We’re once again back in Cannes, still hosted by Jacqueline Joubert. The stage got a bit of a downgrade in my opinion, we don’t get the fun revolving carousels this time. We’re joined by three new countries, giving us 16 participants this year.
For the first time in ESC history, we’re returning to a city that has already hosted Eurovision before. More than that, we’re back in the same building, with the show hosted by the same host.
Even though we lost the carousels that bring the performers onto the stage, we still get some fairly theatrical decorations, so I wouldn’t say it’s a downgrade. And at least the static decorations can be more elaborate than static photo prints.
We finally get Yugoslavia this year! They’re one of my favourite countries, so get yourselves ready for a dose of good old bias. Also, Spain! And Finland! The competition is really spreading all over Western, Southern and Northern Europe. We won’t see any Eastern countries for a while though.
Spain opens with an extremely Spanish song and it’s exactly the kind of things I want Spain to send.
Despite being one of those “minor verses, major chorus” songs, it manages to make it work well without the chorus being completely uninteresting. She sings very passionately and just makes it work.
Overall, a great debut entry.
The most fitting description for this entry is probably “theatrical”. It wouldn’t feel out of place in an early 50s musical. It’s upbeat and energetic, singing about how great life is.
My only issue is that the song isn’t very varied. The second half just starts to blend together and loses me as a result. It probably could’ve used an instrumental break to stay a little bit more engaging.
It’s a fairly average entry by the 1960s Eurovision standards. The instrumental is heavy on strings, the singing has a soft and somewhat spoken quality to it. It’s extraordinarily unremarkable.
Unlike Spain, Finland’s debut isn’t particularly standout. It’s in a minor key, which gives it a more sombre and mellow feeling, plus it’s sung in Finnish, which, as the only Uralic language in the contest until either 1993 or 1994 (depending on if you count Estonia’s non-qualified entry), sounds quite different from Indo-European languages that have been taking part in the contest so far.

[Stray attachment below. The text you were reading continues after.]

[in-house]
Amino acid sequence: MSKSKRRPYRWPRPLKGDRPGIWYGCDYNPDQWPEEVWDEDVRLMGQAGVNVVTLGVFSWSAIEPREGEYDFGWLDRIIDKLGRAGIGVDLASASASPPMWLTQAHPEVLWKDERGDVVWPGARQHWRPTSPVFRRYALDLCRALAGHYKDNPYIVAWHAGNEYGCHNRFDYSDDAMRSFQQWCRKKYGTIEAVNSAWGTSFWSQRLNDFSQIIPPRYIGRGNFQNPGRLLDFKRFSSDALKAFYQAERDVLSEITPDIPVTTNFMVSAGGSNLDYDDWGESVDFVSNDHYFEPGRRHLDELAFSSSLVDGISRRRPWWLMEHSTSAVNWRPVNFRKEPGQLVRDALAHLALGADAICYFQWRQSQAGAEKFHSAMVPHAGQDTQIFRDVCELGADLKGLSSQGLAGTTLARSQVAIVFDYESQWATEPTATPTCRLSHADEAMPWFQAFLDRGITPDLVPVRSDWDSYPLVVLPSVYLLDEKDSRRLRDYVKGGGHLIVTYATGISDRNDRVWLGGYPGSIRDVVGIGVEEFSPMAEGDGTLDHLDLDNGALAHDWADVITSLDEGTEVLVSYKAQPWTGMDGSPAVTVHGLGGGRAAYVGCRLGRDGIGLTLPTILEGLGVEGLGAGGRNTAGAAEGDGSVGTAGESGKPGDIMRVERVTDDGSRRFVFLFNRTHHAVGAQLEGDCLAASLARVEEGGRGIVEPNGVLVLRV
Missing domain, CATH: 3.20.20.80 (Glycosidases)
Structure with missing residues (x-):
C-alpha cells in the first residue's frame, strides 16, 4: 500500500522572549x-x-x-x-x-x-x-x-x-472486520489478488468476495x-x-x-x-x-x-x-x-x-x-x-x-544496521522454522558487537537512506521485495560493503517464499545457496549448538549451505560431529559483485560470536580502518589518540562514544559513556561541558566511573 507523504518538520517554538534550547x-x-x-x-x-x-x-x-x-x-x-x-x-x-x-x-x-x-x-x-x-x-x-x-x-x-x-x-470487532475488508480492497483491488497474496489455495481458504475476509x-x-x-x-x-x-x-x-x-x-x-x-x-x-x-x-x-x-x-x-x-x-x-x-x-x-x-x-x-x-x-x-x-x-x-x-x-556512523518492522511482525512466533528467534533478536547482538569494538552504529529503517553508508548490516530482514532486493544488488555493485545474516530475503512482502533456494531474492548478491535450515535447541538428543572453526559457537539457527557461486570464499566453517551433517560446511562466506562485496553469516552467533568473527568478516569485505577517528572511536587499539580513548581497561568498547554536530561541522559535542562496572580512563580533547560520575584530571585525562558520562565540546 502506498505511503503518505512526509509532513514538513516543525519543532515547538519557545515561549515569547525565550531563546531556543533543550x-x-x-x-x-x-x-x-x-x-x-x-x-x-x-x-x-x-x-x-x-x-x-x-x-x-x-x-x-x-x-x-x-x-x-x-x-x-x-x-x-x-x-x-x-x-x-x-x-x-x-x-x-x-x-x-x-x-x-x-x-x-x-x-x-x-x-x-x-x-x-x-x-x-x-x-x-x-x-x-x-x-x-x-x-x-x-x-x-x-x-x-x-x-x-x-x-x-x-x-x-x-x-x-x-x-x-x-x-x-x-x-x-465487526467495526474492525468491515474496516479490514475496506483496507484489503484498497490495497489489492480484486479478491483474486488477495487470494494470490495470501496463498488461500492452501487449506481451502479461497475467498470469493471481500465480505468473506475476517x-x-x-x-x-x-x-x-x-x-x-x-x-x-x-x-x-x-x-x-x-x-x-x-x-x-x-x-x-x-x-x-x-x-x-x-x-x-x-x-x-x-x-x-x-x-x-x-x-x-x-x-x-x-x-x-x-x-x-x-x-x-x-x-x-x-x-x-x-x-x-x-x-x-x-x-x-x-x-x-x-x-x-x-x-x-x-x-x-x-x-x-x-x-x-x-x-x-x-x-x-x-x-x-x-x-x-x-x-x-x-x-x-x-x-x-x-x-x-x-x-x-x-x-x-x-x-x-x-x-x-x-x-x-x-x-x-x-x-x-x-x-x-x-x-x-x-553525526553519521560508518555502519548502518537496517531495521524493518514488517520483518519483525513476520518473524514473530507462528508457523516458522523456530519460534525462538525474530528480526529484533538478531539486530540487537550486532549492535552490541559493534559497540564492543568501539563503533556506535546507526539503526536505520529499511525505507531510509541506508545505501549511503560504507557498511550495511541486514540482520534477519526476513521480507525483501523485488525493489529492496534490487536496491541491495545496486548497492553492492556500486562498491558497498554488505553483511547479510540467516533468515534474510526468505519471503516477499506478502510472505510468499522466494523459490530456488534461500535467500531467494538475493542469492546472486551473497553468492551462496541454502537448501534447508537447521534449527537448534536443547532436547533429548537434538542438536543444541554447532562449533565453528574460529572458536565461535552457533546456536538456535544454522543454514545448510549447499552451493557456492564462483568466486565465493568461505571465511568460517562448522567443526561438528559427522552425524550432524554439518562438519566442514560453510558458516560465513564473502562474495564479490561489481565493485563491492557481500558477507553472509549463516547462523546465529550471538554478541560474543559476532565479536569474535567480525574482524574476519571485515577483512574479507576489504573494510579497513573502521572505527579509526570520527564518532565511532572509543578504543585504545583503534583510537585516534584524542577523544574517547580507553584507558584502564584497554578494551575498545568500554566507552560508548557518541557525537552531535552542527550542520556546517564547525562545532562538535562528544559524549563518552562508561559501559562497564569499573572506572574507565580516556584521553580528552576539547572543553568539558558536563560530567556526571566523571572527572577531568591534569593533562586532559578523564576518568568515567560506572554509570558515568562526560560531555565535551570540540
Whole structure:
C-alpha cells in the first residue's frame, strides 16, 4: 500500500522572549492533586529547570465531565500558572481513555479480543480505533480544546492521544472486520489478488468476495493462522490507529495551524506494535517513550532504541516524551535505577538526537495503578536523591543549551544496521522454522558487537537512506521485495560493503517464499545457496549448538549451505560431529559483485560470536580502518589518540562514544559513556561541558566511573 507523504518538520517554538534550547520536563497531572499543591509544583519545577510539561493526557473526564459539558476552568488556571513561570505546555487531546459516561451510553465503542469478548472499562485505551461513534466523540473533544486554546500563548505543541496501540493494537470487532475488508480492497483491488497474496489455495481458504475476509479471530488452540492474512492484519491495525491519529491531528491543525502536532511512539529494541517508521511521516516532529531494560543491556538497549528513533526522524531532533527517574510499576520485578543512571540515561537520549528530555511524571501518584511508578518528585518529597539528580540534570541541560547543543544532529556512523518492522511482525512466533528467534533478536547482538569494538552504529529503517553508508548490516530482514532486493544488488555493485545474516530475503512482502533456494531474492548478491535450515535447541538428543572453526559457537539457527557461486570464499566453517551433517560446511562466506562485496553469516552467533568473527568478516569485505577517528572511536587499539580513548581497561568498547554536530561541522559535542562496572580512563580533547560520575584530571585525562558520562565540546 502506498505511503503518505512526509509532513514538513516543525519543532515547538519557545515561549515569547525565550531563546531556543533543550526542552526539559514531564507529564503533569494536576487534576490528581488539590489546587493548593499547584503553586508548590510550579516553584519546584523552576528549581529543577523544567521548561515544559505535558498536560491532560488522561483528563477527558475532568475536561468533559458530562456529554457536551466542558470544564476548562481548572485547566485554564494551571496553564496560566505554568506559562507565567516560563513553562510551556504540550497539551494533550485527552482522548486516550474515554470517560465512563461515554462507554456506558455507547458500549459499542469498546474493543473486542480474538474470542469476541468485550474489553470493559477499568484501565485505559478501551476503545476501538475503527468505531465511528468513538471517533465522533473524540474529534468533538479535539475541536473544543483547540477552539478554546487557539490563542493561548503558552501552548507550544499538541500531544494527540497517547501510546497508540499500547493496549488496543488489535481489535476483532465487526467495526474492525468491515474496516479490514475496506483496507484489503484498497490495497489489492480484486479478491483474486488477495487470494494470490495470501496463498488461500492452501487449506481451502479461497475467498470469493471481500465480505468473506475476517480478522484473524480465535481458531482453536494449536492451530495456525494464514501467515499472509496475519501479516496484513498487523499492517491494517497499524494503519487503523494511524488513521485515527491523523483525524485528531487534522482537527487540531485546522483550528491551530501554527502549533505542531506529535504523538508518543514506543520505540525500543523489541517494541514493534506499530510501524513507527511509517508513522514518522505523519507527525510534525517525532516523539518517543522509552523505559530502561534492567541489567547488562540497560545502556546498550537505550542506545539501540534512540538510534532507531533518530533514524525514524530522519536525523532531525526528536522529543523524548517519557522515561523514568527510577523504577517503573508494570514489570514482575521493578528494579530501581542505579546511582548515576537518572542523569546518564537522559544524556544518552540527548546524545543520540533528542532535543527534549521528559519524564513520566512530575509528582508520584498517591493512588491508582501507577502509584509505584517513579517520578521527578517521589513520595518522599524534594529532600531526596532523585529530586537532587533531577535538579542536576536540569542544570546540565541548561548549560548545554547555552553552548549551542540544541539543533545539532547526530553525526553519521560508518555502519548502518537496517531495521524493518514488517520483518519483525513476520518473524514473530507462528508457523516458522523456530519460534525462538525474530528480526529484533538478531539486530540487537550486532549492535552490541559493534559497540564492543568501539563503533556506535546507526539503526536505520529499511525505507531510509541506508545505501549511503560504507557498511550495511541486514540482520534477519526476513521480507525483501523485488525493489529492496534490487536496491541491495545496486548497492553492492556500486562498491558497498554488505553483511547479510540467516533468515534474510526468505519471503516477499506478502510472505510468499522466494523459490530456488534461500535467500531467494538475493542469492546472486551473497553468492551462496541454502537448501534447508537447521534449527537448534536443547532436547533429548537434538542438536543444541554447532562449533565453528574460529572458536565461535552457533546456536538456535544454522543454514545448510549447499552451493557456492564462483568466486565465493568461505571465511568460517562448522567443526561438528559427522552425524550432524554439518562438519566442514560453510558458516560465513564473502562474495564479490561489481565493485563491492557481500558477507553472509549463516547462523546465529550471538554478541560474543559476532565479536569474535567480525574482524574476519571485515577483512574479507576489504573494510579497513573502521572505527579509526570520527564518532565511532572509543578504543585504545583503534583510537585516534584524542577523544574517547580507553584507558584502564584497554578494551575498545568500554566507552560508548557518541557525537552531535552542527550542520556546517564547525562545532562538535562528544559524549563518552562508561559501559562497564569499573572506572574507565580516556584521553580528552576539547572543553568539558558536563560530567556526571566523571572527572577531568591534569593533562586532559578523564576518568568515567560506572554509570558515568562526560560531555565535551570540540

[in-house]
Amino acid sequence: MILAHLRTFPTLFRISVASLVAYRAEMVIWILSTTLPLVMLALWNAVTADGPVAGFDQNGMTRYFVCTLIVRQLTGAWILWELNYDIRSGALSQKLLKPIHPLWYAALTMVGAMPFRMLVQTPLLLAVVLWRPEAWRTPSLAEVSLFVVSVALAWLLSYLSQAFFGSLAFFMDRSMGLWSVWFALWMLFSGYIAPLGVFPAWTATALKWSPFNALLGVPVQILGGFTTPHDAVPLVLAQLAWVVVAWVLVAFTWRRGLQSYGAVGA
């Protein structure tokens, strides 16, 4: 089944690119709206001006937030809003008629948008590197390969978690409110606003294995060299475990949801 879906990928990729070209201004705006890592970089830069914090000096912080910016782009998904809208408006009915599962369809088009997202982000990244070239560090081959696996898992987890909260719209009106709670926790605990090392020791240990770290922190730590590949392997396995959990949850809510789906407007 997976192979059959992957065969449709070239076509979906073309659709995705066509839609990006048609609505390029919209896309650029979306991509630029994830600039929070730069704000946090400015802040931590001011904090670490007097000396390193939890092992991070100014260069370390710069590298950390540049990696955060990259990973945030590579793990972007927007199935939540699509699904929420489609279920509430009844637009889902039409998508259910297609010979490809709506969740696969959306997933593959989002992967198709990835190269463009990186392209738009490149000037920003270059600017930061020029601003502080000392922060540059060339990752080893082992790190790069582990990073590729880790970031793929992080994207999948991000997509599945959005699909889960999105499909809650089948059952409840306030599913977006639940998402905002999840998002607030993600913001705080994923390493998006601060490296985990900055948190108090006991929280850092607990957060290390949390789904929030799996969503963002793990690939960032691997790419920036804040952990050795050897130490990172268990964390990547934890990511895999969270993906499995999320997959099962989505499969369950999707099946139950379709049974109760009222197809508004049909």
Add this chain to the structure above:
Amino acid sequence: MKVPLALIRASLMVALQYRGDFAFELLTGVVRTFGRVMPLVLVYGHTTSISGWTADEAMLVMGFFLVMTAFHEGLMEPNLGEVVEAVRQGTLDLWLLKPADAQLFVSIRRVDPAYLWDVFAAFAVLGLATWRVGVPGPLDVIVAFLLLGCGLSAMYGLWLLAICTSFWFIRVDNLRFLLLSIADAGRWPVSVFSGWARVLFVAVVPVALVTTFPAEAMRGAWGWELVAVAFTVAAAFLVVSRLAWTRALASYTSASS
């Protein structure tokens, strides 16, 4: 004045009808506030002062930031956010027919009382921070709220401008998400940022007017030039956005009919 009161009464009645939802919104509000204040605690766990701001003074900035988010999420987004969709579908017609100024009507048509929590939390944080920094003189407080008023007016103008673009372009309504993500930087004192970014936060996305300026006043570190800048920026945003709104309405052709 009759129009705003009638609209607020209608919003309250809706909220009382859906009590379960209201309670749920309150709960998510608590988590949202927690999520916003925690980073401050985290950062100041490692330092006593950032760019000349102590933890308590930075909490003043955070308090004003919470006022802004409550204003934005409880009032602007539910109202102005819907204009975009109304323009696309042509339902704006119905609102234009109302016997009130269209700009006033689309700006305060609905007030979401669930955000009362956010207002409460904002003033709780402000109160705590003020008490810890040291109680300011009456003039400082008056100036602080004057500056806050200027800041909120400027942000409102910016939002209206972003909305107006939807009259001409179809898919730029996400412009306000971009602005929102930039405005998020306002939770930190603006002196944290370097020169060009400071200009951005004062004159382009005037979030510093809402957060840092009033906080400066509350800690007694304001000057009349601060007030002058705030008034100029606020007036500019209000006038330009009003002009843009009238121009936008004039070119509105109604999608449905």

Lyrically, this might not be very interesting, just another ballad about love. But I absolutely adore the instrumental. It opens with a powerful, majestic start, but becomes quieter to put the singing first. Nevertheless, it never becomes too quiet, always being audible, following Ljiljana’s vocals. Speak of which, the vocals are powerful and rich too, definitely enhancing my enjoyment of a rather middling song.
The beginning of this song makes you think it’s going to be another ballad, but it subverts your expectations and actually becomes an energetic theatrical song.
It’s much better at being theatrical than Monaco’s entry because it doesn’t get repetitive, since it only repeats the title, which is short and snappy. There’s also an instrumental break at the point where the song threatens to become repetitive after all.
I expected that the song would be about love, using April as a metaphor, or someone named April (though I’m not sure that was a popular name in Sweden at the time), but no. It’s literally about April, the month. It’s rather goofy and upbeat, though, again, not particularly memorable.
Her singing has an almost spoken quality to it, which at least makes it stand out from other performances so far. It makes her sound sad and powerless, like she just can’t keep on going anymore.
In a year like this, a song that has a very style is like a breath of fresh air.
I enjoyed this. This is a song that uses the French language to its fullest potential. It’s very bouncy, and not just when Jean-Paul sings “bing et bong”.
And yes, this is the second song about the month of April in the same contest. Really weird how these conincidences happen, and even weirder is the fact that they’re only separated by one entry.
My only criticism is that Jean-Paul sounds a bit off-key at the end. Sometimes I don’t notice singers being off-key if they manage to fix it quickly enough, but this time I did and it dampened my enjoyment a bit.
On the other hand, this is rather unremarkable. I can’t say that anything is wrong with it, but it just feels rather formulaic. Her voice is good, the instrumental is fitting, but it just leaves me cold.